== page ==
Susan Giza became pregnant while taking the birth control pill "Modicon," which was manufactured by Ortho Pharmaceutical Corporation and was subsequently recalled from the market at the request of the Food and Drug Administration. She and her husband Andrew sued Ortho for "wrongful birth" in the Hampden County Superior Court in Massachusetts. The key issue in this case is whether a federal district judge erred in refusing to compel the appearance of an FDA expert to give deposition testimony for use in the state lawsuit.
Proceedings in State and Federal Court
Some review of the tangled history of the state and federal court proceedings is necessary. After filing their state court suit, the Gizas, through counsel, sought permission to depose one or more FDA employees about Modicon. FDA Associate Commissioner for Compliance Joseph Hile denied this request, citing the FDA's policy not to allow its employees to testify in private litigation, but he suggested that counsel make a request under the Freedom of Information Act for FDA records concerning Modicon. Counsel did so, and received some documents from which certain information had been deleted as trade secret information. 5 U.S.C. § 552(b)(4). Counsel pursued his request for deposition testimony and for complete documents through administrative channels, all the way to the Secretary of Health, Education and Welfare, without success.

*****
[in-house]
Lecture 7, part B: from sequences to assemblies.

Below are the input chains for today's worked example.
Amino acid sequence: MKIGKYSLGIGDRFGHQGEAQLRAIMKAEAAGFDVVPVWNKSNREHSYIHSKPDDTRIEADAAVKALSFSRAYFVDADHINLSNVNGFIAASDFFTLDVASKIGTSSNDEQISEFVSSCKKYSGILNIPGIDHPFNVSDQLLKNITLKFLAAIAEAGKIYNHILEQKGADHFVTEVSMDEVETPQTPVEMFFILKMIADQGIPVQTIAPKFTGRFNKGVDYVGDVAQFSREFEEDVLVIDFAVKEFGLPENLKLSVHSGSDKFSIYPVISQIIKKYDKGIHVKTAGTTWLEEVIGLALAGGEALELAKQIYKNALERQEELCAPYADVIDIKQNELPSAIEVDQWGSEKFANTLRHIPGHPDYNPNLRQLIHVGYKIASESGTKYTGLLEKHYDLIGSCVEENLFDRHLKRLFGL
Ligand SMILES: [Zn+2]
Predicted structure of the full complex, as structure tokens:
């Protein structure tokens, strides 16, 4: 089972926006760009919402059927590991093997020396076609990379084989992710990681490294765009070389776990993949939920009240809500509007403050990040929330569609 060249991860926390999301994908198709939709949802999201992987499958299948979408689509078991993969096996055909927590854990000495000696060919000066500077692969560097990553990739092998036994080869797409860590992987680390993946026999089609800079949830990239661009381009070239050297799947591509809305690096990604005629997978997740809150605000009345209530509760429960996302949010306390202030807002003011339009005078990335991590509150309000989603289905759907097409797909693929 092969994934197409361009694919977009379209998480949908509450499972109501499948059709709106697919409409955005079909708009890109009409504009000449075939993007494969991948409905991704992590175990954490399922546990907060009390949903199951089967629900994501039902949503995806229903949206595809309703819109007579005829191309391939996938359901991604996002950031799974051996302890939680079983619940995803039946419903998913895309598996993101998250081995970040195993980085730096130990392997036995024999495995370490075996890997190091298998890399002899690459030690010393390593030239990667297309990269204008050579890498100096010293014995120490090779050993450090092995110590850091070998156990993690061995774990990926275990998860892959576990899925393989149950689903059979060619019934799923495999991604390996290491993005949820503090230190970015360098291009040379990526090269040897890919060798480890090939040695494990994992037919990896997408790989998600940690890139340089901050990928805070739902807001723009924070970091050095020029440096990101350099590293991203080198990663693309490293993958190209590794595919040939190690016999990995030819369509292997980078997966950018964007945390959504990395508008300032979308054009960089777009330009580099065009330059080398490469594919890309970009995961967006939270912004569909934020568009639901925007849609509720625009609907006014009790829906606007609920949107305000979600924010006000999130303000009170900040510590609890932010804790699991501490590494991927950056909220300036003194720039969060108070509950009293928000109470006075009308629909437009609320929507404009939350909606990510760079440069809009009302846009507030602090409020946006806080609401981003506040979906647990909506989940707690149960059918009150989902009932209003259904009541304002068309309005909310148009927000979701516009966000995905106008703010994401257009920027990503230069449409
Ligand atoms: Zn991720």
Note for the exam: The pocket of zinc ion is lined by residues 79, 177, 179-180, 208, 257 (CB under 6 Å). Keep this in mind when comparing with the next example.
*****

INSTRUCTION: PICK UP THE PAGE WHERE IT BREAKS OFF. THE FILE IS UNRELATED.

In November, 1977, the Gizas filed suit in the federal district court of Massachusetts, seeking an order that the FDA provide all the documents requested, without deletions and in a form admissible in evidence, and that the FDA make three employees available to testify at a deposition "concerning the matters involved in the plaintiff's (state) court action." Jurisdiction was predicated on 5 U.S.C. § 552, the Freedom of Information Act, and 28 U.S.C. § 1361, which gives the district courts original jurisdiction over mandamus actions against federal officers.